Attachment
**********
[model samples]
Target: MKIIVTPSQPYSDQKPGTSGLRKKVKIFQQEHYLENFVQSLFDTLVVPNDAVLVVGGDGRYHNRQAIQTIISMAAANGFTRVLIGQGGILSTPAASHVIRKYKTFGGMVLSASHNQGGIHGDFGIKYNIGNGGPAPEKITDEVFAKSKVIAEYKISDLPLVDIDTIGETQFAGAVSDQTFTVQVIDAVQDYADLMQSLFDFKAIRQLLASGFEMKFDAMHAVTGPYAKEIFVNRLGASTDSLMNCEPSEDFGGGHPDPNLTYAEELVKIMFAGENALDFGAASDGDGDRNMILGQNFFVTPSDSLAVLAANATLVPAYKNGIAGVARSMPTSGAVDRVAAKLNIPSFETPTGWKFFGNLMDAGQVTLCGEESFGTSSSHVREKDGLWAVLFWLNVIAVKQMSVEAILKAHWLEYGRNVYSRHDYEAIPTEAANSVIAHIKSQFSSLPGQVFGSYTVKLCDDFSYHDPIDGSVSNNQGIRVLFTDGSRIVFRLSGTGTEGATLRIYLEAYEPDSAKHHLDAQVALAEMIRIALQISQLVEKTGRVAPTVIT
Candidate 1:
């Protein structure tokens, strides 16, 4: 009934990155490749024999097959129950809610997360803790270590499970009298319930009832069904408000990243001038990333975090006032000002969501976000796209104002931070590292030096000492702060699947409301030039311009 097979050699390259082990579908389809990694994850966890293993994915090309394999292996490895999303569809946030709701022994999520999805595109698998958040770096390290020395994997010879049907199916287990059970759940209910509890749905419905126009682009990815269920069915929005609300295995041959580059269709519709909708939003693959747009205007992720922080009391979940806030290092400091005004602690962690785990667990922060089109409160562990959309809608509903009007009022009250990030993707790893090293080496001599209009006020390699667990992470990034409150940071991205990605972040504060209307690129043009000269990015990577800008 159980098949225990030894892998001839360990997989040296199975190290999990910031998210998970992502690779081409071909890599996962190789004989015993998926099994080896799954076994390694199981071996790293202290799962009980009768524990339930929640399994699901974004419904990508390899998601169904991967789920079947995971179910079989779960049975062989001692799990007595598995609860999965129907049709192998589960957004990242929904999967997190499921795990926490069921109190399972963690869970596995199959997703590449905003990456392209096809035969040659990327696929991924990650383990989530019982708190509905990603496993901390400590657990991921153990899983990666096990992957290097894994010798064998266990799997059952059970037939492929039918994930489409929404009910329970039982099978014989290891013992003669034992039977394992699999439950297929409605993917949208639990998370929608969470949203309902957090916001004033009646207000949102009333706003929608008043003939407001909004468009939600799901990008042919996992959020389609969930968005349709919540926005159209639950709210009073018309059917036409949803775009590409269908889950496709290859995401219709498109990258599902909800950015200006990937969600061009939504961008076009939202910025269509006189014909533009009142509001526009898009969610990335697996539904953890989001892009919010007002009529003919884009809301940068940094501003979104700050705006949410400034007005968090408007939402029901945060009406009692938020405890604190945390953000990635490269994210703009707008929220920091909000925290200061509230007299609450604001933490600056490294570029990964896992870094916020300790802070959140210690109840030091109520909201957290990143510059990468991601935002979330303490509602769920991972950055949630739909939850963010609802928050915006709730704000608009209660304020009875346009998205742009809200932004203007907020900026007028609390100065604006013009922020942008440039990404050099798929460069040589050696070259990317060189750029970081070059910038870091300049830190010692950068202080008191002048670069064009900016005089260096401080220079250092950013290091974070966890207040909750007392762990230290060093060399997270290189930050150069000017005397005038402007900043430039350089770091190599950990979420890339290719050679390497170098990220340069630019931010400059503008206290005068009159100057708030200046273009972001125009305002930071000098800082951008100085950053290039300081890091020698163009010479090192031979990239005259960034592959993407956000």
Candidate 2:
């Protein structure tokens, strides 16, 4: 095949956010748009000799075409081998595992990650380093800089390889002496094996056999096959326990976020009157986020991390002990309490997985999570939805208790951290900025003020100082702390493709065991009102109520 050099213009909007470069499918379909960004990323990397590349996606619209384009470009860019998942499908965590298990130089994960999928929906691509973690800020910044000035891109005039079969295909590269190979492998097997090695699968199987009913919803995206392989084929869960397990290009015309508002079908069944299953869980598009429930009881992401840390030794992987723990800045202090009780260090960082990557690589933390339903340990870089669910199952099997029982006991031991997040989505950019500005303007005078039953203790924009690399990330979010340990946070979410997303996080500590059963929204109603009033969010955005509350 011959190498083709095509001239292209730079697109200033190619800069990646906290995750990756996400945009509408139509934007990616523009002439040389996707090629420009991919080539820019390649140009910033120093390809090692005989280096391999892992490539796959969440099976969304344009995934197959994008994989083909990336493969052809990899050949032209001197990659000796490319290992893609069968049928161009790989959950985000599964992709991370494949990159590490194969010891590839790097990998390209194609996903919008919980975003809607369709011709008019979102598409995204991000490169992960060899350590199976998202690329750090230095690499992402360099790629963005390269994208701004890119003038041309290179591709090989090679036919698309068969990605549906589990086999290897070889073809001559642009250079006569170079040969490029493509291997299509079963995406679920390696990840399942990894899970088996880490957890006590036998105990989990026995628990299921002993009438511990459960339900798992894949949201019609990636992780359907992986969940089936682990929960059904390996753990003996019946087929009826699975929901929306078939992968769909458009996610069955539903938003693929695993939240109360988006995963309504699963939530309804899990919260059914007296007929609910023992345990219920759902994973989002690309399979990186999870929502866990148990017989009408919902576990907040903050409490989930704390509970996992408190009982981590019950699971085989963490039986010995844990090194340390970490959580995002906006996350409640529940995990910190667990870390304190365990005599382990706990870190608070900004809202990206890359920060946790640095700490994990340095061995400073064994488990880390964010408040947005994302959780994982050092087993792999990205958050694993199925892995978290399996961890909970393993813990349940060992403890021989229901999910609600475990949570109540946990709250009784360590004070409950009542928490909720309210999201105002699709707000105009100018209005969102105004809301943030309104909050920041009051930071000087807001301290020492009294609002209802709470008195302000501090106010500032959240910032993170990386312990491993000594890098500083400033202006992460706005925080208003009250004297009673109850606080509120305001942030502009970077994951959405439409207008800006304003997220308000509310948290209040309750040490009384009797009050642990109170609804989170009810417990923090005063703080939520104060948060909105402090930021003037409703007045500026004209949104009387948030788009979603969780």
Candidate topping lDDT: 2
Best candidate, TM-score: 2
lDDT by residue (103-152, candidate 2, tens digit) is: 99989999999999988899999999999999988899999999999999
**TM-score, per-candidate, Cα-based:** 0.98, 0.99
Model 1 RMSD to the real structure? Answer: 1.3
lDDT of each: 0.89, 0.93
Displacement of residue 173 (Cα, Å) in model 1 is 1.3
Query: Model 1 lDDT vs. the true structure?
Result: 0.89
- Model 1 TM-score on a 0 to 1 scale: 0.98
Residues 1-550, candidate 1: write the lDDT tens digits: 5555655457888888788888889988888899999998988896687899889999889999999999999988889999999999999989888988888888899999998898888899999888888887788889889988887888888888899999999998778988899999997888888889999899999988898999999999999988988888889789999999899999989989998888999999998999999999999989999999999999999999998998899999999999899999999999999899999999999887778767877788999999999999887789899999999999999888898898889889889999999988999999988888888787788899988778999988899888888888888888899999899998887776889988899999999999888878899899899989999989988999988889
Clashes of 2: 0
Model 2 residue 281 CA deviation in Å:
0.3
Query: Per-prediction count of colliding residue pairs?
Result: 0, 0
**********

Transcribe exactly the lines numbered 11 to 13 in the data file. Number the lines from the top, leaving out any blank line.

Model 1 RMSD to the real structure? Answer: 1.3
lDDT of each: 0.89, 0.93
Displacement of residue 173 (Cα, Å) in model 1 is 1.3